Thursday, February 05, 2015


It's 5.00am

Been awake since 4.00am. Crept down and made a cup of tea. Sitting at the kitchen table.

Sleeping is hit and miss at the moment.

One of our foster children has night terrors.

Blast from the past for me; my youngest child was so scared of the dark the only way he could cope was if there was somebody with him, so we slept in the spare room together, he and I. Until he was twelve. Tried to wean him off it, but he'd be so frightened, and after all he's my child.

Ah but it's not so simple with a foster child when they get night terrors.

For one thing you don't know the child's history with sleeping. With your own you know what sort of sleepers they were from day one. Each child has its quirks. Some babes fight it, while my eldest used to nod off whenever the 'Neighbours' theme came on.

But the main difference with fostering is the foster parent has to observe all the guidelines, which Blue Sky help you understand. They're sound principles and they make the business of pacifying and calming a panicky child in the middle of the night a job of work, but hey, that's what makes us professionals.

With my own son's night terrors it was simple; we'd climb into the double bed in the spare room, he'd snuggle up next to me and that was all it took.

Can't do that with a foster child.

Putting him to bed is not too bad; landing light on obviously, nightlight in his room (we've found these fantastic battery operated 'candles'), his door three quarters open, and - most important of all - we stay upstairs. We potter, making enough noise so he knows he's not alone. Takes us 20-30 minutes, but if it eats into Eastenders no problem, that's what the Catchup button's for.

It's when the terrors take him in the dead of night you have to be on your toes.

Tiny stuttering little whimpers with each out-breathe. Once they start I've got about five minutes before he opens his eyes, and when he's awake the nightmare becomes night terrors.

Whatever his awful dream was, when he's awake it appears to him to be real. He doesn't know where he is or where the monsters are hiding.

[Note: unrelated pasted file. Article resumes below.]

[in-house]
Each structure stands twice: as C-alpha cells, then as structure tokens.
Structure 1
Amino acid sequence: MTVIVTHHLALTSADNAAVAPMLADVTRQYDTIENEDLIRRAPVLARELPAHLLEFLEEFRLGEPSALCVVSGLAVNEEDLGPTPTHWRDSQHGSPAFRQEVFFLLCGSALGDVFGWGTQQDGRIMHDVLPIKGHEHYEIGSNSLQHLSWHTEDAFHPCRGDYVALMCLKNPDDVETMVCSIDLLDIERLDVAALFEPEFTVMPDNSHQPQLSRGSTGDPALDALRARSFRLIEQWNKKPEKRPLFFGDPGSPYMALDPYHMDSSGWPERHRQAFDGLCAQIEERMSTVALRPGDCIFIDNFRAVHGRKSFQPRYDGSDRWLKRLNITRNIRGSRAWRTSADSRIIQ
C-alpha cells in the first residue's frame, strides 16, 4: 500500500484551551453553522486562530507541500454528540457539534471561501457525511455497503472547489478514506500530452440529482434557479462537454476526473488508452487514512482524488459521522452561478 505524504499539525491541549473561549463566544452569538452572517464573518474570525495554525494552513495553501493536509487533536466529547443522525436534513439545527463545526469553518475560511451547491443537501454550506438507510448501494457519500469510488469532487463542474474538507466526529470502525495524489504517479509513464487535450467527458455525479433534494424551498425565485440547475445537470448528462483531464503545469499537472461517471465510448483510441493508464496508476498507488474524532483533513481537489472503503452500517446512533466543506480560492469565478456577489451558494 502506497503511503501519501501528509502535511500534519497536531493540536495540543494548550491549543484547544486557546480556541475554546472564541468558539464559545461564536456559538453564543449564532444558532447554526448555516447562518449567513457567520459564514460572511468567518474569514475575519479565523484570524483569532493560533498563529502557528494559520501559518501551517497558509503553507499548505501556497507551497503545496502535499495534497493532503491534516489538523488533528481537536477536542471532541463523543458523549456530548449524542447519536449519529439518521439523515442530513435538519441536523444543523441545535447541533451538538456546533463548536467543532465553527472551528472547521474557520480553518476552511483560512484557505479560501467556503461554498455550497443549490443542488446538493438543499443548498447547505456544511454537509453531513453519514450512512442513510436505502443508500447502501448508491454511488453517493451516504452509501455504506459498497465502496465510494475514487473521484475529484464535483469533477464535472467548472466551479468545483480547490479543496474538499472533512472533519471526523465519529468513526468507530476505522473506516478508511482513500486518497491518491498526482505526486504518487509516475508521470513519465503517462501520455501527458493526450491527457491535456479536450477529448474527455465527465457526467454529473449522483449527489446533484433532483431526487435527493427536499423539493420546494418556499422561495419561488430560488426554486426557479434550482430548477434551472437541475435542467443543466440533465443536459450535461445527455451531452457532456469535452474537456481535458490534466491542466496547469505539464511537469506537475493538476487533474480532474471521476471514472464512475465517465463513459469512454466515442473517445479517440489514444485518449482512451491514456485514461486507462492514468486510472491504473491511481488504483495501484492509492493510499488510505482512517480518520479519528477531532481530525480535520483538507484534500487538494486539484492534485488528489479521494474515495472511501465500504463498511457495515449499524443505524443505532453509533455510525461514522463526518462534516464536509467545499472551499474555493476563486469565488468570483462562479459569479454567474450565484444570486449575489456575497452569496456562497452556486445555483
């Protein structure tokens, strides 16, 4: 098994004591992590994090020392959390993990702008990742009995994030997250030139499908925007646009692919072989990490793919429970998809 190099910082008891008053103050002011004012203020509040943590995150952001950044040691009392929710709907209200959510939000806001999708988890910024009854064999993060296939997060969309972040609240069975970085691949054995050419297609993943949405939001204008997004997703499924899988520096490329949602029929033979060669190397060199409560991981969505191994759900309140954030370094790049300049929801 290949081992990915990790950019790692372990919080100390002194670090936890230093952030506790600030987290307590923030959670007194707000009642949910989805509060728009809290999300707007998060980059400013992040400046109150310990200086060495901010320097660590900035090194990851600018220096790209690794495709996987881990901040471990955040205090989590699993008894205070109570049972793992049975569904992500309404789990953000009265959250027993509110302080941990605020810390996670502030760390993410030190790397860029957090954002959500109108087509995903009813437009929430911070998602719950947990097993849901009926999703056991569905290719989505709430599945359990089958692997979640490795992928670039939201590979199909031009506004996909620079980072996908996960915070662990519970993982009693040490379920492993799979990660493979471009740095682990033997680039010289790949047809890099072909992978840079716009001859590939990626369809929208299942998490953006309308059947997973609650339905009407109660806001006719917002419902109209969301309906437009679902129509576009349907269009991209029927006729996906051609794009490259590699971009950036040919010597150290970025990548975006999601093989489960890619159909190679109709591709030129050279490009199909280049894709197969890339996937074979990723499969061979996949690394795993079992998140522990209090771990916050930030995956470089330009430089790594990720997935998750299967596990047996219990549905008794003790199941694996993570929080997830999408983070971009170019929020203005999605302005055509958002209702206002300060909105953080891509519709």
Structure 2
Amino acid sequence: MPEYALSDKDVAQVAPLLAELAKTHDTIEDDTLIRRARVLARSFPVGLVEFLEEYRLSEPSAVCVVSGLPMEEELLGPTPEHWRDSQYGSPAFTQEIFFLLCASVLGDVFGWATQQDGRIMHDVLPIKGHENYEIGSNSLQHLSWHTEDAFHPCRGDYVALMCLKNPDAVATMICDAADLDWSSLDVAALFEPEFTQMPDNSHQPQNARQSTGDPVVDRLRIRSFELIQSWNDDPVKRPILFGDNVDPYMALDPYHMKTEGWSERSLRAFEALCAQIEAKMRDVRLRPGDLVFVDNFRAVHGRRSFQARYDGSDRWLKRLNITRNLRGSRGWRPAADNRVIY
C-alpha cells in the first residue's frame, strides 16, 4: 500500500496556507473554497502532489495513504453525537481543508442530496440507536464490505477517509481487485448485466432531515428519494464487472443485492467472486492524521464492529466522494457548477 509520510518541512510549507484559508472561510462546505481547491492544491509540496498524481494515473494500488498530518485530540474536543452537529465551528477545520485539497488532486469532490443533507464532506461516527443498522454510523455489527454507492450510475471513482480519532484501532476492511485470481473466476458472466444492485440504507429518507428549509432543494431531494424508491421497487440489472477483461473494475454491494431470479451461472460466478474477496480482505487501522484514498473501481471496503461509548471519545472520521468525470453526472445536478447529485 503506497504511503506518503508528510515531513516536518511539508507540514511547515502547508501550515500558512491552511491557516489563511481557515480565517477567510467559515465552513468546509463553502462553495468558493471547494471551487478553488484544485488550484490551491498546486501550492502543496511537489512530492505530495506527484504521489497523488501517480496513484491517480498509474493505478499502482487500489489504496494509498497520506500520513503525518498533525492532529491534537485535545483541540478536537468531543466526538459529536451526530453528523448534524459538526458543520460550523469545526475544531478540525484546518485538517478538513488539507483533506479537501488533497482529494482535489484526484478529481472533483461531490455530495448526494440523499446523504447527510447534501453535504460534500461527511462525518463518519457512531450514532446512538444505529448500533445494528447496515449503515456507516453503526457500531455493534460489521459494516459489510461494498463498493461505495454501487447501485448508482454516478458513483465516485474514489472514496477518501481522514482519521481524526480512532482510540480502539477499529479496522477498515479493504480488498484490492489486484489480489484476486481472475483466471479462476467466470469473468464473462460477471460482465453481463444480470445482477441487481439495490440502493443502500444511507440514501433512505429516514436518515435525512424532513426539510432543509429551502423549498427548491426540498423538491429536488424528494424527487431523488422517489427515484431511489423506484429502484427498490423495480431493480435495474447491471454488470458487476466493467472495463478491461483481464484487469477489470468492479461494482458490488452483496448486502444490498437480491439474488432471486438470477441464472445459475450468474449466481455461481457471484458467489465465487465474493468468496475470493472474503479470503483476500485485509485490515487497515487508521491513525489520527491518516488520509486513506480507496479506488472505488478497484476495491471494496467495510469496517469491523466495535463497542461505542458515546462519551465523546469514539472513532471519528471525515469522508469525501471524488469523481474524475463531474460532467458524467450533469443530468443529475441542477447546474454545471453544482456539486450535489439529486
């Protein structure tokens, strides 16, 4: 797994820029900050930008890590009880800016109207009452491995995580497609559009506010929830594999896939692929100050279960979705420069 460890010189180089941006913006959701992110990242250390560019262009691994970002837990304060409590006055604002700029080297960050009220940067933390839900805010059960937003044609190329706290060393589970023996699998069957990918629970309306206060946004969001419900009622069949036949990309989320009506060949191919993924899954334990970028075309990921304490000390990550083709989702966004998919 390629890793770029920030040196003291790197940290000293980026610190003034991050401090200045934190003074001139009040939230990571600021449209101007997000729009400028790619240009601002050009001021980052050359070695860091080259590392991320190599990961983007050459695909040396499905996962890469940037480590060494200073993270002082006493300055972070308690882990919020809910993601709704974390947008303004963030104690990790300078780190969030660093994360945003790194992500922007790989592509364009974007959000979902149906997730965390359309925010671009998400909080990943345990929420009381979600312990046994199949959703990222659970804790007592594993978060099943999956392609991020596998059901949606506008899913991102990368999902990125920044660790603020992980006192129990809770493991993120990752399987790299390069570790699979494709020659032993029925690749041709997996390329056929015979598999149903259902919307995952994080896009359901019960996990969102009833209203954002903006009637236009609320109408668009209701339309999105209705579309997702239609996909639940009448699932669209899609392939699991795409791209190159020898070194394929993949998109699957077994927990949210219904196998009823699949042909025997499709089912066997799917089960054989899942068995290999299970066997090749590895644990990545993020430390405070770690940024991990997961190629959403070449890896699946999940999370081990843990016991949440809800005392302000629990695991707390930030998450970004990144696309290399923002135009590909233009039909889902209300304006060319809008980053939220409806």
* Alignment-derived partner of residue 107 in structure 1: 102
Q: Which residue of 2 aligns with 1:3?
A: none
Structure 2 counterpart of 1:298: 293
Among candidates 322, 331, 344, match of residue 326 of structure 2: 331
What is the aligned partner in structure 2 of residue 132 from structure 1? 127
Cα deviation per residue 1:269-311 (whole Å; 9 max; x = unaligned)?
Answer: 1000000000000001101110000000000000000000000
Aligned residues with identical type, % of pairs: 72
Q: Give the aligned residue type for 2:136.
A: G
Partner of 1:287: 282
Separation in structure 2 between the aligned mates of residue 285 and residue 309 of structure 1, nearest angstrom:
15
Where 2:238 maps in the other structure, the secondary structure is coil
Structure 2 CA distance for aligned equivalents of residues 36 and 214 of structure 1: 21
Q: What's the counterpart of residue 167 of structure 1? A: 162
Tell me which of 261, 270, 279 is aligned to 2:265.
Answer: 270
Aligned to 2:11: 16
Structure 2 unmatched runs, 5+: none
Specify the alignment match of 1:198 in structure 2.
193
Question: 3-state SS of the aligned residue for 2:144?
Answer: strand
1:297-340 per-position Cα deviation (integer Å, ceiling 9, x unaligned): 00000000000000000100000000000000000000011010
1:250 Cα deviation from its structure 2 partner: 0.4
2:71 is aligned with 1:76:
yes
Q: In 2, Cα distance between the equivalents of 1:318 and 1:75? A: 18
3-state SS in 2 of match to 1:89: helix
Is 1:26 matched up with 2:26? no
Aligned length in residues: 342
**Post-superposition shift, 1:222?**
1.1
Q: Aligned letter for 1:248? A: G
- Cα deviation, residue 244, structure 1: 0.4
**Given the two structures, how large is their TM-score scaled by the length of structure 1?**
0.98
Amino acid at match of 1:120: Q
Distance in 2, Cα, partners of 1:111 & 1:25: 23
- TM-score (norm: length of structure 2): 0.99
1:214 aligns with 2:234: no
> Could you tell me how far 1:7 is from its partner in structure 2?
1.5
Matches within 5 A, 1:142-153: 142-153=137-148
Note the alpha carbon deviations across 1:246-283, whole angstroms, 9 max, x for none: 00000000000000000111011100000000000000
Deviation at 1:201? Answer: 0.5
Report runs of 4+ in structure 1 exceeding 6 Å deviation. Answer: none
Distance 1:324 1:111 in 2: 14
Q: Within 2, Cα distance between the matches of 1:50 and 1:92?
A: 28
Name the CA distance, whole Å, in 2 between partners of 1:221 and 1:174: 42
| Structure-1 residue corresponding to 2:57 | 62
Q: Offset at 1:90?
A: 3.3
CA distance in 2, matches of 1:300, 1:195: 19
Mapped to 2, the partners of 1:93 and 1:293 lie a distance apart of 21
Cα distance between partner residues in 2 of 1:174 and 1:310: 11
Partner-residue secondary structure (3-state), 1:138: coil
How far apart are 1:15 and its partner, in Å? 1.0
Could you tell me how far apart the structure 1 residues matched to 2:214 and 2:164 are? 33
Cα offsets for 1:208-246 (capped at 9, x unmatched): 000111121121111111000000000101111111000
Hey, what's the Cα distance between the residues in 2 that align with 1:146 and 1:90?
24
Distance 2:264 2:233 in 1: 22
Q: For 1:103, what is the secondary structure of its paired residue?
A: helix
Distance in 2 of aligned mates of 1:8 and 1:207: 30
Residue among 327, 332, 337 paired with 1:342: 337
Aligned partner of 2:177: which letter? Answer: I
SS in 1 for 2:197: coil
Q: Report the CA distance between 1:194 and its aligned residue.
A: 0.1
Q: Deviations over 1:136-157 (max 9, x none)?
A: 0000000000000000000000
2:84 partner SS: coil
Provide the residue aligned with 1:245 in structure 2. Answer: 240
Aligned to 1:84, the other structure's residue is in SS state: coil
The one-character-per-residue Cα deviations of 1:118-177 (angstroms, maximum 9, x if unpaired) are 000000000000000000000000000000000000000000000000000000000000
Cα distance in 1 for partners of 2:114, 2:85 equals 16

I put on my dressing gown and do it right up. I slip out of the bedroom leaving the door half open. I go to his door and have a look. Sometimes he's lying under the duvet with just his head showing, one time he was kneeling up, eyes open, apparently able to 'see' things that clearly weren't there.

My Blue Sky social worker advised me on the things you can and can't do. You don't go into a foster child's bedroom unless they are in danger. It's a common sense safety thing, but it makes night-time fostering a bit more complicated. His bedroom is the box room, the smallness helps his sense of security. There's no wardrobe for anything to lurk in.

He sleeps with his head nearest the door, which means I could rest my hand on his head to wake him up if I had to, but he wakes if I gently say his name a few times.


Then again; "Lewis it's alright, Lewis. Lewis darling, it's alright."

The dreadful whimpering gives way to silent rapid breathing with little gasps as he tries to work out what's going on.

"It's alright Lewis it was a bad dream."

Then I do the same spiel I have been coached in.

I say "You're Lewis, lovely Lewis Wilson. I'm Briony your foster mum who's looking after you for a while until you go back to mummy and daddy. You're in your own bedroom in our home, and everything is alright. Everything's alright. You're a good boy Lewis, you just had a funny dream. It wasn't real Lewis, whatever happened in your dream was just a dream. Everbody has funny dreams sometimes."

As I'm telling him these comforting facts I sit down with my back against the door frame. This is to let him know I'm not going anywhere, and also to bring my presence down to his ear-level.

Sometimes he slips back to sleep quickly. Last night he told me a little of his nightmare, which I've just made notes about, because his social worker is interested in his mind.

Once he's asleep again, sometimes I go back to bed. If it's nearer morning than midnight I make that cup of tea.

Mind, I've got to get up off the floor first; has anyone else noticed that gravity is on the increase?

And I sit at the kitchen table, happy as Larry - whoever he was - and that's the God's own truth. I've never felt more useful.

And, provided it's a school day, I shall snaffle a glorious afternoon nap without a hint of guilt.

In fact it's the professional thing to do.


  1. Hi Secret Foster Carer, Freddie Flintoff opens up to Yahoo news about his fear of the dark in this article:
    Kind regards

  2. I loved reading that. :) It was so inspiring :) I'm not a foster parent or an adopter ( one day I hope too when my life is less manic !! and I have a spare bedroom ?) But it was really lovely to read. believe it or not xx

  3. Thanks. Fostering is a lovely thing.
    Best of luck with your plans